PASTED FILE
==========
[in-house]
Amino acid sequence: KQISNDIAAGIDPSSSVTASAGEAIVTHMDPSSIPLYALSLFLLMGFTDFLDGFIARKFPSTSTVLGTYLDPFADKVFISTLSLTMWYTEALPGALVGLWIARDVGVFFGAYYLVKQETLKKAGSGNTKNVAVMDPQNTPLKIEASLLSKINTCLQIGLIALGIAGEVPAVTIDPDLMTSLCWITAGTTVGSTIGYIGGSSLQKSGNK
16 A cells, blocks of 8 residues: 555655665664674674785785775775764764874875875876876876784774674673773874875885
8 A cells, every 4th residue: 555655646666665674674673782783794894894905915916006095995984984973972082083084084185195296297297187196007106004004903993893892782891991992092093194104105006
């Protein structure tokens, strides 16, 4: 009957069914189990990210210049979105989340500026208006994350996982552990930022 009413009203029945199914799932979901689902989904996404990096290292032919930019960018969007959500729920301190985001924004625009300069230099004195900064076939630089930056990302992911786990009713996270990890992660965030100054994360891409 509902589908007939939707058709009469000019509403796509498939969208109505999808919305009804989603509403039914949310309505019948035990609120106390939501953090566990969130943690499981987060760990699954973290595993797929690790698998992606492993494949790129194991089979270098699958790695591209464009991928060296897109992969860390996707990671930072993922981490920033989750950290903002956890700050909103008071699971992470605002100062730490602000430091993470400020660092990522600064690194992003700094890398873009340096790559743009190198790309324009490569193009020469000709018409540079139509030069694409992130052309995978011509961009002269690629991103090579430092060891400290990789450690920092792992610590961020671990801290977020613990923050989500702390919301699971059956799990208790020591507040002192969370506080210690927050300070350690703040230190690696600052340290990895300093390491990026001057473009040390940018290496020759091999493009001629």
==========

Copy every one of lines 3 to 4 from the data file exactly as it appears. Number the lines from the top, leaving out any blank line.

16 A cells, blocks of 8 residues: 555655665664674674785785775775764764874875875876876876784774674673773874875885
8 A cells, every 4th residue: 555655646666665674674673782783794894894905915916006095995984984973972082083084084185195296297297187196007106004004903993893892782891991992092093194104105006